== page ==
“The Harmonies of the Sumerian Spheres: On the Music of Ancient Mesopotamia”
Sturday, 2:30 p.m.
Burton Memorial Tower, Room 506

What will people thousands of years in the future think of us if they listen to the music of today? What if they spin Hilary Duff and think none of us had any sense of rhythm or intonation? What if they hear Britney Spears or Miley Cyrus? With only these sonic artifacts to judge, they would likely write us off as a culture whose music was poorly produced mess of noise. But interpreting culture through music – whatever its quality – is a task that historians face regularly. For those studying ancient civilizations, it’s unlikely they’ll have a cohesive and intact database of music from which to study.

Tomorrow at Burton Tower, Piotr Michalowski, the George G. Cameron professor of the Ancient Near Eastern Languages and Civilizations, is giving a lecture on rediscovering an ancient culture through music. Michalowski, who focuses mainly on literature but practices experimental jazz on the side, has used this topic to combine his hobby with his work. On Saturday at the Burton Memorial Tower, he’ll address Mesopotamian music, a form that hasn’t been heard for thousands of years. Yet it can still be analyzed and, to a limited extent, reproduced.

Michalowski is the recipient of various awards, including the Guggenheim Fellowship in 2008. His interests lie in ancient Sumerian literature, language and music, which can seen in his authorship of articles like “Literary Works from the Court of King Ishbi-Erra of Isin” and the in-progress “Learning Music: Schooling, Apprenticeship, and Gender in Early Mesopotamia.”

“It’s amazing how much we can know without actually playing a record. It brings to the fore what we already know, that music is not just sound,” Michalowski said.

That doesn’t necessarily mean there’s been no attempt to recreate Mesopotamian music or that structure of Mesopotamian music can’t be speculated on — in fact, some ancient instruments have been recovered, giving historians an idea of the types of sounds they produced. But in Michalowski’s mind, more important is the role that music played in Mesopotamian culture, both in ceremonies and in social situations. Archaeologists have discovered depictions of musicians everywhere, from courts of famous kings and queens to the insides of brothels. And, most likely, these differing locations spawned two different forms of music, a subject that Michalowski will explore further in his lecture.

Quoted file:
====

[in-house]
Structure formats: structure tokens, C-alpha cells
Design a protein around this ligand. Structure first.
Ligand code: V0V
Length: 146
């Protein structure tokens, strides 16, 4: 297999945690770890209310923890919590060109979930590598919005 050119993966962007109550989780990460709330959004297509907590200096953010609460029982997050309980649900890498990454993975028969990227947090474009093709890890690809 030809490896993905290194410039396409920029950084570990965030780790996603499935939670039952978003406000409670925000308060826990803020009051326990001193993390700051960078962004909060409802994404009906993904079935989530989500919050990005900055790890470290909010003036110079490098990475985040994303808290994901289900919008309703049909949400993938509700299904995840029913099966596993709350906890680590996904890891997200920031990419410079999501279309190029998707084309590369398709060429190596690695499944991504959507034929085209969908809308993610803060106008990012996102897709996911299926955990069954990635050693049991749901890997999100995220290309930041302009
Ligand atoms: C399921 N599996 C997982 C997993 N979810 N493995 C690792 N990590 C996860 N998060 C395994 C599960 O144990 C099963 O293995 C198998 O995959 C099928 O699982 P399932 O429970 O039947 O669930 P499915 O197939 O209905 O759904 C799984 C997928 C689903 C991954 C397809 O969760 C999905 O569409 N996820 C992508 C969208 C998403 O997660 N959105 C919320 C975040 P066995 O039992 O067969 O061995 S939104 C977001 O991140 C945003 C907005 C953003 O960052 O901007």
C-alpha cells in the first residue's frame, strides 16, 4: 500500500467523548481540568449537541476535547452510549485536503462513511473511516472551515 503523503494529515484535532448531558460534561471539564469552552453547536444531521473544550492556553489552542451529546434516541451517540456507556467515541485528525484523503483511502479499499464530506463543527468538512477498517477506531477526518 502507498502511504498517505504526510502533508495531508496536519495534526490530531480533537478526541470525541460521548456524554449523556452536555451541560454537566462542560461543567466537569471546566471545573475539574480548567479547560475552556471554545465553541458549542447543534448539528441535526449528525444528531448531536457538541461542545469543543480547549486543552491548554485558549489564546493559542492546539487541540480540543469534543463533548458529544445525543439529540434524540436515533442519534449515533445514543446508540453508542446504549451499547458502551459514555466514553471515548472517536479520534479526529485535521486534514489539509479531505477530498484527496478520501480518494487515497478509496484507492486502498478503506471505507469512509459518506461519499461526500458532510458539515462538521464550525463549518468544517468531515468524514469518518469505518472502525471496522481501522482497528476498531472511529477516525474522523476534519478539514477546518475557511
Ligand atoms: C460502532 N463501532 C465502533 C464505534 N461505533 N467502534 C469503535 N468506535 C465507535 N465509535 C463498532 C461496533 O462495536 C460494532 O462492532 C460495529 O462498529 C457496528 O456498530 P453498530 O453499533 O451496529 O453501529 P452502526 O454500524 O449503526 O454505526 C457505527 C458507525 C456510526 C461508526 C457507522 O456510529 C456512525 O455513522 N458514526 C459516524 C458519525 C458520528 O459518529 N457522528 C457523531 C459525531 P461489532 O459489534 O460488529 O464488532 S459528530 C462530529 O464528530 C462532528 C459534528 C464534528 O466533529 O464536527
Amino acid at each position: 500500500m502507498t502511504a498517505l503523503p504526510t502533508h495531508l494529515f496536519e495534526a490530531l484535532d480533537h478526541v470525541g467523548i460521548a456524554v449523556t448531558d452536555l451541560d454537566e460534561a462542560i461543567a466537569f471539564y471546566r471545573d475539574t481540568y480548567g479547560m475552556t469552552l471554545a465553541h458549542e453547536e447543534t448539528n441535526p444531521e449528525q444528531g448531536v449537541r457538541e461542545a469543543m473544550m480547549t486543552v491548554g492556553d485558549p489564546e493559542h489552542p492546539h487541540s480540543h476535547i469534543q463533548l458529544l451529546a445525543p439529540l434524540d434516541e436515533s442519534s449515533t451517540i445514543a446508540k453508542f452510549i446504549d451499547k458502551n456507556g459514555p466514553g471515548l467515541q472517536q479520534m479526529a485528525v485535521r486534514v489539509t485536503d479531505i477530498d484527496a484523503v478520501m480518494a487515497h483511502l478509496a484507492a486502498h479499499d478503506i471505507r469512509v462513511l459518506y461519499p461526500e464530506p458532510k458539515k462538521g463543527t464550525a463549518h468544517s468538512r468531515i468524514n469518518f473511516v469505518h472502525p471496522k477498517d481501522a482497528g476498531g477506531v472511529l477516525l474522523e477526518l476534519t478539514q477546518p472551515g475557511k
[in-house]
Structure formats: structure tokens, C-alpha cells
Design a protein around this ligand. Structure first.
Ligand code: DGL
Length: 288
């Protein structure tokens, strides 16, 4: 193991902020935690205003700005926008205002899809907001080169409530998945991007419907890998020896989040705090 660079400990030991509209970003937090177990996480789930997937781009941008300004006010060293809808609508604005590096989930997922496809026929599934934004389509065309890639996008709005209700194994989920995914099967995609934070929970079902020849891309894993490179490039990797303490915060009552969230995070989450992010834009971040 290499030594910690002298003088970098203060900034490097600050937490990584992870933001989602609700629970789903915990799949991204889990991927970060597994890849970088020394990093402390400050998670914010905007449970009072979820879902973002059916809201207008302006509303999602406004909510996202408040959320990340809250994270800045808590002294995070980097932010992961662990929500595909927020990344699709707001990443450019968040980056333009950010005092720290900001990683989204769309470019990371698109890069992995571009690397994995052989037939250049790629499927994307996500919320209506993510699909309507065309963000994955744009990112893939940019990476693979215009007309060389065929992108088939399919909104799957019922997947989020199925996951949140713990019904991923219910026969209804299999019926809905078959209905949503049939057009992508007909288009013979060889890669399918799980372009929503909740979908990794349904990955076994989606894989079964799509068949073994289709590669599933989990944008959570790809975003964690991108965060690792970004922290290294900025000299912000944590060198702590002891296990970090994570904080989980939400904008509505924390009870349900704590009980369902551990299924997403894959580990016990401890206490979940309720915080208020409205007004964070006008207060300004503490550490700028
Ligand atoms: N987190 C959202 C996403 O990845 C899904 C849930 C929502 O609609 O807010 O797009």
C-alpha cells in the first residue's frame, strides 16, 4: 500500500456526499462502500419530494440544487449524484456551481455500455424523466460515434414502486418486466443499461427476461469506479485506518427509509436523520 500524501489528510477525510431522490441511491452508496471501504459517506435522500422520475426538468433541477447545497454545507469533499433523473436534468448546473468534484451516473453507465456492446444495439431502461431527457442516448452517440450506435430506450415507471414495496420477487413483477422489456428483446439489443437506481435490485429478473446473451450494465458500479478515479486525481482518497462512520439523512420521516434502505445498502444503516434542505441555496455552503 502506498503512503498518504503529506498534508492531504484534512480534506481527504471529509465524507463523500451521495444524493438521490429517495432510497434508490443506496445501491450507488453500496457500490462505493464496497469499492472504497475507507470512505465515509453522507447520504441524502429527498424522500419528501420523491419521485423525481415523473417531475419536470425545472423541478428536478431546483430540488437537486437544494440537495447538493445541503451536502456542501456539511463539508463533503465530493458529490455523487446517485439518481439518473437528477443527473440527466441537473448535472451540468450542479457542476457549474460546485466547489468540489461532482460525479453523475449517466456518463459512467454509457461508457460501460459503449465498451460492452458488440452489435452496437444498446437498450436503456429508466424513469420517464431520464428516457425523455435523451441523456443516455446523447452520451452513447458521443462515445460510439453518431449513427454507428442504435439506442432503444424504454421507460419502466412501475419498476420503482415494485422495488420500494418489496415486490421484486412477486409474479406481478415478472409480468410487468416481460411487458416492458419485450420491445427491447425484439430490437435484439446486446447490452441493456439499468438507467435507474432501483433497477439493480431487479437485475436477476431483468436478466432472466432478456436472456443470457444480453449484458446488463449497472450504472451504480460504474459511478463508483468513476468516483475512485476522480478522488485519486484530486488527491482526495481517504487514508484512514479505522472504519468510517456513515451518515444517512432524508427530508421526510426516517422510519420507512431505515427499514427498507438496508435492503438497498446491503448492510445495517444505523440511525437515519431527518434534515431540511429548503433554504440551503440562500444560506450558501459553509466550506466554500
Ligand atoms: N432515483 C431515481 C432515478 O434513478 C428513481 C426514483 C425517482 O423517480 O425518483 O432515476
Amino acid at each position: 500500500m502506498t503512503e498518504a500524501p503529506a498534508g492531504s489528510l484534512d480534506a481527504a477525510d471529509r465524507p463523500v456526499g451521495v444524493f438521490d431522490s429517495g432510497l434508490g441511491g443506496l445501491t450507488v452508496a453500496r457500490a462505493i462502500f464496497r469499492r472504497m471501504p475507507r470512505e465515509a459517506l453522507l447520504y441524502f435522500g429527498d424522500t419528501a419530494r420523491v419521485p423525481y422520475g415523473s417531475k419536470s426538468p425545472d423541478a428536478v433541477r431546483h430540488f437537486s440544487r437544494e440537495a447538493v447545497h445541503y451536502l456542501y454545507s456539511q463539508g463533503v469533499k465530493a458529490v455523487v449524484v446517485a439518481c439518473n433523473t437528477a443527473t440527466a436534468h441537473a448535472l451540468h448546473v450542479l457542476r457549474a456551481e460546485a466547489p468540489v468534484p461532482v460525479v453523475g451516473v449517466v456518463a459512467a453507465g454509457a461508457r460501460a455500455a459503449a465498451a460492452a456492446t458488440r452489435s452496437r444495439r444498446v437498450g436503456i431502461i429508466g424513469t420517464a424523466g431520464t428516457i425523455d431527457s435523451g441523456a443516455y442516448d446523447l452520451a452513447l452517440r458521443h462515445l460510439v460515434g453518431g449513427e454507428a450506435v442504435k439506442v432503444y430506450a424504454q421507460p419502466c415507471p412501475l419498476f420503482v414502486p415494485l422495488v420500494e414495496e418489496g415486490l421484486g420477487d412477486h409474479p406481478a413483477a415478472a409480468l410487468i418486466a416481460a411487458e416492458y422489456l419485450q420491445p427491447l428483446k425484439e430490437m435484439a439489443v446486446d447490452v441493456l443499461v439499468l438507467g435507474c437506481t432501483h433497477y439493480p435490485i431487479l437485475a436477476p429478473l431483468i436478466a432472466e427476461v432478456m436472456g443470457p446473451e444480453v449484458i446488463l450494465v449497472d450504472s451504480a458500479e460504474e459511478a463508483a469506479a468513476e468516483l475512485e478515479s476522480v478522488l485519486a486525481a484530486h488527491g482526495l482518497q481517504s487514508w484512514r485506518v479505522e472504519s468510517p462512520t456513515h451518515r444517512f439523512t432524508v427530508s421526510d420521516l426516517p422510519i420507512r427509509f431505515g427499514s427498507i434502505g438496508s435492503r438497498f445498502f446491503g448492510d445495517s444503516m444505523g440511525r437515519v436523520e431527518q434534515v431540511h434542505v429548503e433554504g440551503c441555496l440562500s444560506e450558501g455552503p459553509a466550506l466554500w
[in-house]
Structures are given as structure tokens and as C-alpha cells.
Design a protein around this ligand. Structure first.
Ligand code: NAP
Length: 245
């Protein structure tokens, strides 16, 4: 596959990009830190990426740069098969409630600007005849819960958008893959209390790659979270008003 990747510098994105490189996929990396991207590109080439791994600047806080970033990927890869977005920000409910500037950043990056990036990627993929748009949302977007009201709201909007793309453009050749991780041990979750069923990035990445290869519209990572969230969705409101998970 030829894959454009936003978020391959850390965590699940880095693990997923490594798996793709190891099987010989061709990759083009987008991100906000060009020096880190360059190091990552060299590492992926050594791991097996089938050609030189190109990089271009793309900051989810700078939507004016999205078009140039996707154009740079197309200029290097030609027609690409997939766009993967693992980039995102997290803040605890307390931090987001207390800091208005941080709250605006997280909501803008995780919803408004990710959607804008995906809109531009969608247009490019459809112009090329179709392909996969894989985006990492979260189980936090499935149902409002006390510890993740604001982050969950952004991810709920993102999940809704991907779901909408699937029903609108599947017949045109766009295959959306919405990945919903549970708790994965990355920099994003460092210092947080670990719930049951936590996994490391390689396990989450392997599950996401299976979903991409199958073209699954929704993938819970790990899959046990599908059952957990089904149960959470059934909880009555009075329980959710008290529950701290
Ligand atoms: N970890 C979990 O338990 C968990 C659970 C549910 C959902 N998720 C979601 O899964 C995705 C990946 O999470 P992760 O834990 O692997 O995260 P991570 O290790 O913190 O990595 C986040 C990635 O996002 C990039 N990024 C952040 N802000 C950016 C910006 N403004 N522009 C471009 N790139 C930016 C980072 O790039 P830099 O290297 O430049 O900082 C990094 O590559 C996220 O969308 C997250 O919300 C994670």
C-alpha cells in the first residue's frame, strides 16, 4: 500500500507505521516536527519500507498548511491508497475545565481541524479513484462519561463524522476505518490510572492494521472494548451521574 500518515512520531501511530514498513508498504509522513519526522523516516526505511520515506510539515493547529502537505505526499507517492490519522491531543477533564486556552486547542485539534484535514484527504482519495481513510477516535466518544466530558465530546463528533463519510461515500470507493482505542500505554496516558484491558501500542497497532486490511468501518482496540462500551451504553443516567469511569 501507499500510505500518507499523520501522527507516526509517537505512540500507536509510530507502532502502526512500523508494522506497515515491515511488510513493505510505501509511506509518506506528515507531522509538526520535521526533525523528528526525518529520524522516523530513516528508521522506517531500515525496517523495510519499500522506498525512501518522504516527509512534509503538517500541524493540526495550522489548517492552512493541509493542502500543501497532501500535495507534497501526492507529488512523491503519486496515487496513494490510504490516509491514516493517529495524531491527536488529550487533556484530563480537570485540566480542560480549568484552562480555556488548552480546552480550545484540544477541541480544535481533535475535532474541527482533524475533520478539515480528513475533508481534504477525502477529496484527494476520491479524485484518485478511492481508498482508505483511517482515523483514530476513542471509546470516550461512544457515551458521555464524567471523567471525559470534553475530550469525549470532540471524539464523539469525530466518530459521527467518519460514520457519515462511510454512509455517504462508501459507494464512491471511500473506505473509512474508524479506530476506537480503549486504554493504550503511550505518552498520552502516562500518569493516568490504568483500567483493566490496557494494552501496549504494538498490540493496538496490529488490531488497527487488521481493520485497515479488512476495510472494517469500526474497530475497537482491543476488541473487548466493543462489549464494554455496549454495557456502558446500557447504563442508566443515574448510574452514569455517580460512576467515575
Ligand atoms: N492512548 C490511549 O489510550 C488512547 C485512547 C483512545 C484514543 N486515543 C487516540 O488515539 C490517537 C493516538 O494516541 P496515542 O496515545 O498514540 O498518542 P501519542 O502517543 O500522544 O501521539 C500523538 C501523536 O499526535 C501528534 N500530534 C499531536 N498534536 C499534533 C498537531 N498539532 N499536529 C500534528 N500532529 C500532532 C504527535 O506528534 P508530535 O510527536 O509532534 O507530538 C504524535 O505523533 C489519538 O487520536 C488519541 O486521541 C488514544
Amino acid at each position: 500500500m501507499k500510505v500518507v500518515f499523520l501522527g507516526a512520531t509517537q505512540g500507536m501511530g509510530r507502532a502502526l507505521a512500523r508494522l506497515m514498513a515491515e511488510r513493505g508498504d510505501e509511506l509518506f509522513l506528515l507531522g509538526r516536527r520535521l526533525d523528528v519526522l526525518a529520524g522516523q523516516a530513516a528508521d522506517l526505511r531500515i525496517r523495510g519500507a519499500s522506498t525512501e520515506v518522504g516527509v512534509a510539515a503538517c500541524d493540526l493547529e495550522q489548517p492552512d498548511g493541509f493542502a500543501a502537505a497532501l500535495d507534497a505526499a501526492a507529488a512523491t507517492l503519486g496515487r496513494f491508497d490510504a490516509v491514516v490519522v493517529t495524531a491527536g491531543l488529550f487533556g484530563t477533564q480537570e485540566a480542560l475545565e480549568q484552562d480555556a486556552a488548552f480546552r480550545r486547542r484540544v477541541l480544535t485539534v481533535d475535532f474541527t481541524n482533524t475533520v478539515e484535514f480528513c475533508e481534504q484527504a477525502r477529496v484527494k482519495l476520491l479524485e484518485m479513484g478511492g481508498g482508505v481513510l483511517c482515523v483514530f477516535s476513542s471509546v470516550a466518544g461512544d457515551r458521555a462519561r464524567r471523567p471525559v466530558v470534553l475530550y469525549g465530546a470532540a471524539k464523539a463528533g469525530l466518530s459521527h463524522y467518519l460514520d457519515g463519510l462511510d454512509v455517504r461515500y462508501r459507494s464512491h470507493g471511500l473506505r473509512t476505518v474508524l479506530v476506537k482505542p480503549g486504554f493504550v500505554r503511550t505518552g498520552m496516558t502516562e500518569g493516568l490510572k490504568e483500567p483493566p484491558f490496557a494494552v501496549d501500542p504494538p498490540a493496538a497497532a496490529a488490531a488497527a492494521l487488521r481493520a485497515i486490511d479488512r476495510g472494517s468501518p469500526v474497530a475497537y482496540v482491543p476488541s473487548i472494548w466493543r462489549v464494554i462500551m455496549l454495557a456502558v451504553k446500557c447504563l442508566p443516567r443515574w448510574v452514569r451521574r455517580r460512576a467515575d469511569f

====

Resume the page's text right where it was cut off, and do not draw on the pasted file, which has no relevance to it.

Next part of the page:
It’s important not to equate “ancient” music with “primitive” music — in fact, according to Michalowski, there are records of Mesopotamian performance orchestras containing more than a hundred people, a number that rivals modern orchestras.

“They had to have orchestras,” explained Michalowski. “You have to remember, they had no amplification.” Recovered ancient instruments are not exactly today’s cellos, and without either structural or artificial amplification to rely on, pure volume was the obvious way to make music louder.

This is a vastly different picture from the stereotypical image of the solitary bard with a lyre that ancient music generally brings to mind. Studies show that a courtyard filled with ancient musicians playing a variety of instruments is just as accurate a representation. This small distinction is one of many that have yet to pervade the common consciousness.

“The musical world was larger than people think,” said Michalowski. “Musicians traveled, and there was an enormous amount of musical interchange.”

Elements of Mesopotamian music have been found as far away as Burma, and vice-versa. Just think: The globalization of music was happening over 4,000 years ago. It’s obvious that people were not as sedentary as, say, people in the middle ages.

“(The audience) will be surprised by how much there is to know,” said Michalowski. “And we’re just scratching the surface about what is to be learned.”

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